We’re a bit past fall and it’s now freezing every night and thawing every day. That hat still meets my needs! I *really* love this hat: it fits in my pocket or under my bike helmet. I’ve already bought myself yarn to make a backup copy because it’s so handy that I’m afraid I’ll misplace it!

Yarn of the Month Club, September 2015

September was blue for Yarn of the Month.

Yarn of the Month Club, September 2015

The Pattern

This month’s pattern is “UTurn Scarf” which is a fun mitered knitting scarf, good for self-striping yarns. I don’t know if I’ll try it or not!

Amitola Grande

Yarn of the Month Club, September 2015

Louisa Harding Amitola Grande
“This single ply yarn is subtle and soft”
4.5 sts on US 10
80% Wool 20% Silk
273 yds Color: 516

I love single ply yarn because it can be so soft and you don’t have to worry about it untwisting or catching threads in the same way. This is soft, squishy and quick to knit up.

Yarn of the Month Club, September 2015

The standout part of it is the nice slow tonal gradient. I really love these colours and they look great knit up in the swatch too. The swatch is an odd little “knit into the stitch a few rows back and drop” stitch ribbed thing that I wasn’t too sure about when I was doing it, but it looks ok when complete and the loosened stitches go nicely with the squooshy yarn.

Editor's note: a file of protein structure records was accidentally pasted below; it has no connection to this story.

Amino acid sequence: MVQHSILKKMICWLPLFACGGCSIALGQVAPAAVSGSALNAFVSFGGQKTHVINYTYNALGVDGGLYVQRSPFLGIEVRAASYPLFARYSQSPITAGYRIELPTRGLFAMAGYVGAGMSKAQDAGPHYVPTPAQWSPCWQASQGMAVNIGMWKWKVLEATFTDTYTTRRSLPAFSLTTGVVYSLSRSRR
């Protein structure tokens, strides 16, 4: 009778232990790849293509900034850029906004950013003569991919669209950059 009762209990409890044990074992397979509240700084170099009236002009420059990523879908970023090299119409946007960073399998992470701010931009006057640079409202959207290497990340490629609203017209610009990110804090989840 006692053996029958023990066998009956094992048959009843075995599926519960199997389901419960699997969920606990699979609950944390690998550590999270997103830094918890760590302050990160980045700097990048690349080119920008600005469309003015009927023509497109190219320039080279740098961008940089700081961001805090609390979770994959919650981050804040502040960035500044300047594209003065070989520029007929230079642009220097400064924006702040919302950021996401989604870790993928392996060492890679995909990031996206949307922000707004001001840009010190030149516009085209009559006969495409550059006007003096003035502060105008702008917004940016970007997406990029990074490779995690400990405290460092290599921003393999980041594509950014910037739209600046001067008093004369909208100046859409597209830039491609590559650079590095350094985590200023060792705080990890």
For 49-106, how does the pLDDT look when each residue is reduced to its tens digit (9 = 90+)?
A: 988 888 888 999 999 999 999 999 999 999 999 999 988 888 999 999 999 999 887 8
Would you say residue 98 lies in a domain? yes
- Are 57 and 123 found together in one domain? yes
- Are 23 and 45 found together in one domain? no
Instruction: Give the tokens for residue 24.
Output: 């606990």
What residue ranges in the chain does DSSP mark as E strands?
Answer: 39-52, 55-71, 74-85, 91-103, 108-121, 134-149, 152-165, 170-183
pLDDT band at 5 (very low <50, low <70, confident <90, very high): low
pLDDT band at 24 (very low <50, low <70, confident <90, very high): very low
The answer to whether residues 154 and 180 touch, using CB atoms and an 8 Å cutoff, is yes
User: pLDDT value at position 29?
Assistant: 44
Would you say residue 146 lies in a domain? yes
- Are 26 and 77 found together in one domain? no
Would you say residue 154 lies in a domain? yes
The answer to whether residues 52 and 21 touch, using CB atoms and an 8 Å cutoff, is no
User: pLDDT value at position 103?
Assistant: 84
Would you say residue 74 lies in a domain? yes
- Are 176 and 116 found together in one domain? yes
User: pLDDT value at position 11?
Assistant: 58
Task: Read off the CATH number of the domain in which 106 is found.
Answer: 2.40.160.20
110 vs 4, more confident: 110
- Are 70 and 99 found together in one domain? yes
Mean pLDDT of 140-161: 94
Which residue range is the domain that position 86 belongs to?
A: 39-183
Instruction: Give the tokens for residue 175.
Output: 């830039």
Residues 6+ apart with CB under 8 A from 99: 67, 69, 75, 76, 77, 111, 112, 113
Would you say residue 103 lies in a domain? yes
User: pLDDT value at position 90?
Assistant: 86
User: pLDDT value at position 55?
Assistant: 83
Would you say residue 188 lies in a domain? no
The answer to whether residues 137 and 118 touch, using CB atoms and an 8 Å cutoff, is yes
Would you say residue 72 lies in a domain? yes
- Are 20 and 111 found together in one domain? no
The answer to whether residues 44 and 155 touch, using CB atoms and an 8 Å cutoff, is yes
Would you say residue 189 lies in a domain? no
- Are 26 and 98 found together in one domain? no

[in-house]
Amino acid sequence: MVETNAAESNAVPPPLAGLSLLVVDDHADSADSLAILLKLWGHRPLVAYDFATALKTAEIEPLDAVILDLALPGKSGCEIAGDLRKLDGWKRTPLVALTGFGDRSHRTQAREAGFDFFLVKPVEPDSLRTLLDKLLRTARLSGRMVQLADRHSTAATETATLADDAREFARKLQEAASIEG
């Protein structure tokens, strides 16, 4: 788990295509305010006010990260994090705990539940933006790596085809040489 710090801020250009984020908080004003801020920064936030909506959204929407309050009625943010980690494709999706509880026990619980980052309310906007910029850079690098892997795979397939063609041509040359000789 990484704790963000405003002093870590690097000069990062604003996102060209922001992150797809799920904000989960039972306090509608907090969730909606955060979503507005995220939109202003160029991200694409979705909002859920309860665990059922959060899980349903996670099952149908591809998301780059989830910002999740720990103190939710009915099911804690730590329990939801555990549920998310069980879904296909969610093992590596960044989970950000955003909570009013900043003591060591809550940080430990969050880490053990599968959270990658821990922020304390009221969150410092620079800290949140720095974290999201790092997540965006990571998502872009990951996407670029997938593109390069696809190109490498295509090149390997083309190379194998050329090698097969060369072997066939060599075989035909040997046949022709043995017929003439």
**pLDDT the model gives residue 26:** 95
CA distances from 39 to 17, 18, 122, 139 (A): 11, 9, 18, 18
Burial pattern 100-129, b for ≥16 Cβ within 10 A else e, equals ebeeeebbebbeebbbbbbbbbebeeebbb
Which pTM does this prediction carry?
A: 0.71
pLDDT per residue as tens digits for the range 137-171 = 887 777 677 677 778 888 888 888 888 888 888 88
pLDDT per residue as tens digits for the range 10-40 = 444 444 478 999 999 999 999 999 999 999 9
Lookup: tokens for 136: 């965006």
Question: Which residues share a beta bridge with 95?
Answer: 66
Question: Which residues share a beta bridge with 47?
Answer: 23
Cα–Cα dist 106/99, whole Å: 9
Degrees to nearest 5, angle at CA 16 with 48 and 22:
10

Front:
Yarn of the Month Club, September 2015

Back:
Yarn of the Month Club, September 2015

I can really see using this for quick knits and with the pretty colours, it’d be great for scarves. Maybe a really nice present for a beginner knitter? I can see keeping some on hand for last-minute gifts, too.

Sisa

Yarn of the Month Club, September 2015

Sisa
“Squishy, braided yarn feels oh so delicious”
5 sts/inch on US 6
60% wool 40% Alpaca
137 yds Color: 09

This is soft, dense and seems warm. I do so love alpaca! I didn’t have much trouble with the smaller threads in the braid coming loose, so it was nice to work with.

Yarn of the Month Club, September 2015, Sisa yarn

You can’t always see it because the yarn it overall so dark, but it does have some very nice heathering in there with glints of purple.

The swatch pattern is cute, if a bit hard to see because of the darkness. Really shows off that stitch definition as a texture, but the dark makes it not show up so much in photos.

Here it is front-lit:
Yarn of the Month Club, September 2015

And back-lit so you can see the holes:

Yarn of the Month Club, September 2015

This screams sweater yarn to me, since it holds up for interesting stitch patterns but is still soft against the skin. It’d probably be nice for colourwork, although it’s hard to tell without trying. I could see it making a nice hat too, but it doesn’t have nearly the thickness I want for my scarves unless it was double-knit. Still, very nice and something I wouldn’t mind using in larger quantities! Maybe this would be good for the next baby sweater I do?

Summary

Two great yarns this time! I could see buying both of these myself for specific projects, and Amitola Grande especially as a gift because of the colours. Definitely happy with my subscription for September!